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The Augmentative and Alternative Communication Systems (SAAC): a help for speech

The Augmentative and Alternative Communication Systems (SAAC): a help for speech

January 25, 2022

In recent decades they have developed augmentative and alternative communication systems (SAAC) very sophisticated that are based on the use of electronic devices such as mobile phones. However, these methods have existed since the beginning of the story and sometimes require no more than facial expressions or hand gestures.

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What is the Augmentative and Alternative Communication (AAC)?

The concept "augmentative and alternative communication" is used to talk about any type of non-oral communication method that can be used to convey thoughts, needs, requests, etc. In this sense augmentative and alternative communication can replace speech or add information when it is insufficient.


Therefore, following this definition, augmentative and alternative communication is a very broad and varied set of techniques, and all human beings make use of it to some degree. For example, our gestures and facial expressions, the tone of voice we use when speaking or the emoticons typical of the chats are examples of this type of communication.

However, the term is generally applied almost exclusively to Communicative support systems designed for people who have difficulties expressing themselves through speech. Some representative augmentative and alternative communication systems (SAAC) are graphic signs boards and electronic voice devices.


Among the alterations in which augmentative and alternative communication is useful and which are the competences of psychology, we find autistic spectrum disorders, intellectual functional diversity, Parkinson's disease, cerebral palsy, developmental dyspraxias and aphasias (linguistic difficulties due to brain injuries).

Although the systems of augmentative and alternative communication have existed at least since Ancient Greece, in which methods of this type were applied in cases of deafness, the SAAC as we know them today began to develop in the 1950s, coinciding with progress technological advances and an increase in awareness of disability.

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Types of alternative communication systems (SAAC)

The augmentative and alternative communication systems are generally divided according to the complexity of the additional instruments they use. So, we find SAACs without technology (such as sign language), low technology and high technology , that is, those that depend on the use of electronic devices.


1. Without technology

There is a large number of augmentative and alternative communication methods that do not require any type of additional instrument or equipment, but are based exclusively on the human body itself. Thus, these methods may include vocalizations, hand gestures, facial expressions, eye movements, etc.

Sign language can be considered an alternative communication system lacking technology. This method, which is very useful for the communication of people with hearing difficulties and varies according to the country of origin, has also been used successfully to study the linguistic capacities of non-human primates.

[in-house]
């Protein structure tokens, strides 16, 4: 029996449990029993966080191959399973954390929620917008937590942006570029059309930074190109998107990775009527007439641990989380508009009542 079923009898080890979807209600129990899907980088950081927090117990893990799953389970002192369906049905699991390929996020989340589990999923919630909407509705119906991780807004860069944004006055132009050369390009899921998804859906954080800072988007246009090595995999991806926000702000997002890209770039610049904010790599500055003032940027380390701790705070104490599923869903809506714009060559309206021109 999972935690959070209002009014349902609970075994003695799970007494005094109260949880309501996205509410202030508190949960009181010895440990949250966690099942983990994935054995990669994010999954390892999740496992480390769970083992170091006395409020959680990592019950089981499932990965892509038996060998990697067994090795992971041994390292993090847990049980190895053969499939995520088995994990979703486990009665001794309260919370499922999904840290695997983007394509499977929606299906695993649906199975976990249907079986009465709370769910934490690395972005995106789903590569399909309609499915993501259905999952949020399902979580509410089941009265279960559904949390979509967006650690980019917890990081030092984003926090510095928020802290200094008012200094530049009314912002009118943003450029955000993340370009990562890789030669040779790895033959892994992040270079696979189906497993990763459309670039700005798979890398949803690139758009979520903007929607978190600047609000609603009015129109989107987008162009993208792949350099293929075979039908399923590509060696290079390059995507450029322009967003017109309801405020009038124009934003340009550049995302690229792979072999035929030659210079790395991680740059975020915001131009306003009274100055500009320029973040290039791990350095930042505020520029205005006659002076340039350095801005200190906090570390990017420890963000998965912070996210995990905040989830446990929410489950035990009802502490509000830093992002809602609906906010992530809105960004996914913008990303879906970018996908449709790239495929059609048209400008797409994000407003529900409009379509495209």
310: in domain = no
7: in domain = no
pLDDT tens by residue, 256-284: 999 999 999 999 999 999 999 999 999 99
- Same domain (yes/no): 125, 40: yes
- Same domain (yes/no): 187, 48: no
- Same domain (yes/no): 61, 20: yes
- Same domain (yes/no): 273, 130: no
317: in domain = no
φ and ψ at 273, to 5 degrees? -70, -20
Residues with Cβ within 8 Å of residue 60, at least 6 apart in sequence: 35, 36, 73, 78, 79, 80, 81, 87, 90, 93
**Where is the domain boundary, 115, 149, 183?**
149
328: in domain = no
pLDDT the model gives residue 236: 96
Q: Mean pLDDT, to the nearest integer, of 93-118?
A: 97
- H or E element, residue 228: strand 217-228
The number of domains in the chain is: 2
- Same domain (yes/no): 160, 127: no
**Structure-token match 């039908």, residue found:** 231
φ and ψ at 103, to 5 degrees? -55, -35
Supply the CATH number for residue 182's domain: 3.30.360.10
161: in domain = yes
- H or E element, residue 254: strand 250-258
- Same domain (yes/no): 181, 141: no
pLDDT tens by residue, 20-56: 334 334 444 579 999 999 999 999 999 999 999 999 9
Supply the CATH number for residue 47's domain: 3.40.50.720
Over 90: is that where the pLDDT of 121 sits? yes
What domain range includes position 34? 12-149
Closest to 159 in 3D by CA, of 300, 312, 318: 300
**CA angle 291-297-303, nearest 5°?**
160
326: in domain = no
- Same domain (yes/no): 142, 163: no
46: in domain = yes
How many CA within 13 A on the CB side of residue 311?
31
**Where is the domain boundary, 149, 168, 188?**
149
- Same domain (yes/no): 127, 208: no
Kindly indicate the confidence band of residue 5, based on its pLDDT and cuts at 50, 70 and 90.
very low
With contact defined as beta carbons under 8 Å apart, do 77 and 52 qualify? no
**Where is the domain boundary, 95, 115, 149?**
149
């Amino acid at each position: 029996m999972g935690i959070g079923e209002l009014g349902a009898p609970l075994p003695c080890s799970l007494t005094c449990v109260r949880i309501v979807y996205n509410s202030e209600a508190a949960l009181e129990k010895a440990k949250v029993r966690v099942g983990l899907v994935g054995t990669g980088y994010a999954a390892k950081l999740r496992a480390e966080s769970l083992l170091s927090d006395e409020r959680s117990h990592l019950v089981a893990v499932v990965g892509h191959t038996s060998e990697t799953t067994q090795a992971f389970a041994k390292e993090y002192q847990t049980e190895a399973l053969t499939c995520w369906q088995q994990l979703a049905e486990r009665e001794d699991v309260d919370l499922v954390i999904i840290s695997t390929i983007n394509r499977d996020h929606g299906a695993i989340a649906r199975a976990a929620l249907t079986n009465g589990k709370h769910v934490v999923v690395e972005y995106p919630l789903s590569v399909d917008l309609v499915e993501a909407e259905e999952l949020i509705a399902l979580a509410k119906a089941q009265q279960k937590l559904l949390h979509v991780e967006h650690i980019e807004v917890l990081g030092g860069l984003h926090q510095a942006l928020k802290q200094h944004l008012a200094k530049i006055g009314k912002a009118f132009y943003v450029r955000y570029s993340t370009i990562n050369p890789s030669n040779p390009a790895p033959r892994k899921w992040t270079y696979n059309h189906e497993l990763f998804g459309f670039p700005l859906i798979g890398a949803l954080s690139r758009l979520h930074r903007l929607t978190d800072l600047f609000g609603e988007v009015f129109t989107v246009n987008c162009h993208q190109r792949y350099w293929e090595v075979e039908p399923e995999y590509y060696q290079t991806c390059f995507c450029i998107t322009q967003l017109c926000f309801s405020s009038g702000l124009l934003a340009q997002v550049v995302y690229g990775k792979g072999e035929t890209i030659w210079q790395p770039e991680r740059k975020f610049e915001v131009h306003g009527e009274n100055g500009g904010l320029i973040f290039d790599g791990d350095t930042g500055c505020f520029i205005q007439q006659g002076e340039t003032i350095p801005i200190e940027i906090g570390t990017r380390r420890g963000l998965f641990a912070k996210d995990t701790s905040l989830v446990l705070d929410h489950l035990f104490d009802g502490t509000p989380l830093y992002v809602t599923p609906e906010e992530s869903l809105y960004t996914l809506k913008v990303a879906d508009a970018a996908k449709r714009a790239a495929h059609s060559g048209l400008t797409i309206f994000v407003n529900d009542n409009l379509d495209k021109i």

2. Low technology

The augmentative and alternative systems of communication of low technology (also called "assisted communication") are those that rely on the use of non-electronic instruments. This is the case of boards with images, words or letters, as well as other similar instruments that are based on the substitution of oral language for certain objects .

3. High technology

Unlike low-tech SAACs, these types of methods employ electronic support tools. Most of these systems they generate language artificially, either in auditory format or as text , but their complexity varies greatly, since they include simple devices with buttons and sounds but also very sophisticated instruments.

Within this type of augmentative and alternative communication systems it is important to highlight that the technological advances of recent years have favored the use of Communication support applications for mobile phones, laptops and tablets. The practicality and ease of access to these methods explain its great popularity.

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Applications of the SAAC in psychology

The SAAC are relevant to various branches of psychological science, among which we highlight clinical psychology, health, educational and development psychology. In addition to the applications that we will mention, these systems are also used in people with sensory deficits such as blindness and deafness , which were the nucleus of its development.

Children with autism spectrum disorders can benefit significantly from augmentative and alternative communication systems to overcome their language difficulties, mainly in their pragmatic facet. The complexity of the SAAC will depend on the severity of the case, although many times a system without technology may be sufficient.

One of the groups of individuals in which this type of method is most frequently used are those with developmental alterations that affect communication and linguistic abilities . Among these types of alterations we can highlight intellectual functional diversity, cerebral palsy or evolutionary dyspraxia, in addition to autism.

SAACs are also useful for acquired disorders. Some of them are associated with degenerative processes of genetic origin, such as Parkinson's disease, sclerosis (both multiple and amyotrophic lateral) and dementias, while others are due to environmental factors; In this sense, aphasias caused by traumatic brain injuries are relevant.


STAR Issue 1.2 The AAC Total Communication Toolbox (January 2022).


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